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Initial decision-making

This category contains 21 posts

New research: Rule of law and access to justice concerns in immigration detention

  New research uses the concepts of the rule of law and access to justice to investigate the situation of people in immigration detention in the UK. Each year some 30,000 people with immigration status issues spend varying lengths of time in the nine dedicated ‘Immigration Removal Centres’ around the country. The UK, which has … Continue reading

New journal article published: Mapping current issues in administrative justice: austerity and the ‘more bureaucratic rationality’ approach

By Robert Thomas and Joe Tomlinson We have published a new paper in the Journal of Social Welfare and Family Law entitled “Mapping current issues in administrative justice: austerity and the ‘more bureaucratic rationality’ approach”. The paper draws upon our ESRC-funded policy seminar on administrative justice decisions, reviews, and appeals. The abstract of the paper is … Continue reading

Immigration administrative review: the Independent Chief Inspector of Borders and Immigration’s second report

By Robert Thomas and Joe Tomlinson The Independent Chief Inspector of Borders and Immigration (ICIBI) recently published his second report on the Home Office’s administrative review process. This blog provides some context for this report and also analyses its contents.  The new immigration administrative review process In recent years, government has reformed administrative redress processes. … Continue reading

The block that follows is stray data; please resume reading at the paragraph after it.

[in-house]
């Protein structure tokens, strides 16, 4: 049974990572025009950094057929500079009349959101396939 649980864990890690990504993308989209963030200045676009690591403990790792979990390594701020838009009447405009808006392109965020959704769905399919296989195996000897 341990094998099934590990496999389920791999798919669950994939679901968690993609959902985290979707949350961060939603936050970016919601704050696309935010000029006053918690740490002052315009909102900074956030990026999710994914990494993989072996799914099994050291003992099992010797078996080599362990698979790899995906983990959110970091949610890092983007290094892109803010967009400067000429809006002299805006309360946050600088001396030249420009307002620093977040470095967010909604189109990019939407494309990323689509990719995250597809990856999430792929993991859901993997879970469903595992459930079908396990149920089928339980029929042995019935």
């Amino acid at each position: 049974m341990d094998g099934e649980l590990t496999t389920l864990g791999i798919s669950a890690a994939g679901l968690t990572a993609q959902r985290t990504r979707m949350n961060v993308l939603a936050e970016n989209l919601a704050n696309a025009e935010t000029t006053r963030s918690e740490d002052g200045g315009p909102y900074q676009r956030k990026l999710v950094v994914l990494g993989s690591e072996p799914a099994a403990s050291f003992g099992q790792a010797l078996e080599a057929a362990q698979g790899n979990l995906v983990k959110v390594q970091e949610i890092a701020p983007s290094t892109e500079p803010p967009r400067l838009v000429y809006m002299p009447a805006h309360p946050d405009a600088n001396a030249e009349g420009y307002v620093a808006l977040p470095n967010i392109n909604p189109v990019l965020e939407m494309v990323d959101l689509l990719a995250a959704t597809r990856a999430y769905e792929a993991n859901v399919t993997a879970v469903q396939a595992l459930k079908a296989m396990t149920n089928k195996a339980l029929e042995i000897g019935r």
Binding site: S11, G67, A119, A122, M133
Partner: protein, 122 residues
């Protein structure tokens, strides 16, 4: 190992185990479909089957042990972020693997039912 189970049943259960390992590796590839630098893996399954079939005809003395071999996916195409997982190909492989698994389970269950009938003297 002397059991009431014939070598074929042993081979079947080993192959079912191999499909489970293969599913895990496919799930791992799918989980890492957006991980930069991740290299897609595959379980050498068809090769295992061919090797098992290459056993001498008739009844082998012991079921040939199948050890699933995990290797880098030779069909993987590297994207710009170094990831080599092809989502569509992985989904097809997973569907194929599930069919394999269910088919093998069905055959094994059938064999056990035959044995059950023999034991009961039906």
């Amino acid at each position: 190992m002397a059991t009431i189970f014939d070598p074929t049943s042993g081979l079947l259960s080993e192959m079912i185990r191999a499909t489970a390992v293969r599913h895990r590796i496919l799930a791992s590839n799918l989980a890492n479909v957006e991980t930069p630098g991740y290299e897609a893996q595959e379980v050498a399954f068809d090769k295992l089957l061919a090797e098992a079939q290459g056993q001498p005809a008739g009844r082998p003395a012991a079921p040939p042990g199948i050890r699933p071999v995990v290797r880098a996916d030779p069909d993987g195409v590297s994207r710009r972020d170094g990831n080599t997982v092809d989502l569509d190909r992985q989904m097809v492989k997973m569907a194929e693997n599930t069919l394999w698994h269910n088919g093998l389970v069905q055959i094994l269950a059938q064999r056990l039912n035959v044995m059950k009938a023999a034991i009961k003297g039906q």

Algorithmic decision-making and human rights

By Vivian Ng ‘Man Vs. Machine’. ‘How algorithms rule the world’. ‘How algorithms rule our working lives’. ‘How Machines Learn to be Racist’. ‘Is an algorithm any less racist than a human?’ ‘Machine Bias’. ‘Weapons of Math Destruction’. ‘Code-Dependent’. These are some of the recent headlines about the age of artificial intelligence, that seem to […] … Continue reading

A Design Problem for Judicial Review: What we know and what we need to know about immigration judicial reviews

By Robert Thomas and Joe Tomlinson Immigration and asylum claimants often use judicial review to challenge immigration refusal decisions made by the Home Office. Immigration-related cases have, for a long time now, presented serious difficulties to the efficient management of the judicial review system in the UK. The transfer of judicial reviews to the Upper … Continue reading